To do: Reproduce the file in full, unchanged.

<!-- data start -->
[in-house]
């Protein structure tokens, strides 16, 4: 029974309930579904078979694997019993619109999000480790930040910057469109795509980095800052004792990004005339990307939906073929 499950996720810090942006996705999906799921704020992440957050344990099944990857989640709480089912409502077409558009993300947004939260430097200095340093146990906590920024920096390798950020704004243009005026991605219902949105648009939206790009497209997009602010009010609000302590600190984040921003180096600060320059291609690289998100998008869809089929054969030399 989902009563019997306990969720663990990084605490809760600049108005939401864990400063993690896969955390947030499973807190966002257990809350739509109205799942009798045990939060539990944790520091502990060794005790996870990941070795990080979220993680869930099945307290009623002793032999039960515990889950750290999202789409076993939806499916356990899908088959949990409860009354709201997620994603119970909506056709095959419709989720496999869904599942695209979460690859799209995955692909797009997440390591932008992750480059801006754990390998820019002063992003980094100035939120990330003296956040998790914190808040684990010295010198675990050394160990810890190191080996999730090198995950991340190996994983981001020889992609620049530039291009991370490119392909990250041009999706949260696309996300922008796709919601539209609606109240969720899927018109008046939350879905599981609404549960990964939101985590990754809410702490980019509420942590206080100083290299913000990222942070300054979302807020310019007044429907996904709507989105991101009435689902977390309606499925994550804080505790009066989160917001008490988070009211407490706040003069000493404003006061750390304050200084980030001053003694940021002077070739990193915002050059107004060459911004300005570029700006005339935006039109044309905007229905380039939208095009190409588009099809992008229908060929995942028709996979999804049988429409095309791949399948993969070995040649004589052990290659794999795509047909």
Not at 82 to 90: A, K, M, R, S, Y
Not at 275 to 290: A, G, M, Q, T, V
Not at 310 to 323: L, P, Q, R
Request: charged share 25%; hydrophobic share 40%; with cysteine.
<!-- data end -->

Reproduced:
[in-house]
């Protein structure tokens, strides 16, 4: 029974309930579904078979694997019993619109999000480790930040910057469109795509980095800052004792990004005339990307939906073929 499950996720810090942006996705999906799921704020992440957050344990099944990857989640709480089912409502077409558009993300947004939260430097200095340093146990906590920024920096390798950020704004243009005026991605219902949105648009939206790009497209997009602010009010609000302590600190984040921003180096600060320059291609690289998100998008869809089929054969030399 989902009563019997306990969720663990990084605490809760600049108005939401864990400063993690896969955390947030499973807190966002257990809350739509109205799942009798045990939060539990944790520091502990060794005790996870990941070795990080979220993680869930099945307290009623002793032999039960515990889950750290999202789409076993939806499916356990899908088959949990409860009354709201997620994603119970909506056709095959419709989720496999869904599942695209979460690859799209995955692909797009997440390591932008992750480059801006754990390998820019002063992003980094100035939120990330003296956040998790914190808040684990010295010198675990050394160990810890190191080996999730090198995950991340190996994983981001020889992609620049530039291009991370490119392909990250041009999706949260696309996300922008796709919601539209609606109240969720899927018109008046939350879905599981609404549960990964939101985590990754809410702490980019509420942590206080100083290299913000990222942070300054979302807020310019007044429907996904709507989105991101009435689902977390309606499925994550804080505790009066989160917001008490988070009211407490706040003069000493404003006061750390304050200084980030001053003694940021002077070739990193915002050059107004060459911004300005570029700006005339935006039109044309905007229905380039939208095009190409588009099809992008229908060929995942028709996979999804049988429409095309791949399948993969070995040649004589052990290659794999795509047909």
Not at 82 to 90: A, K, M, R, S, Y
Not at 275 to 290: A, G, M, Q, T, V
Not at 310 to 323: L, P, Q, R
Request: charged share 25%; hydrophobic share 40%; with cysteine.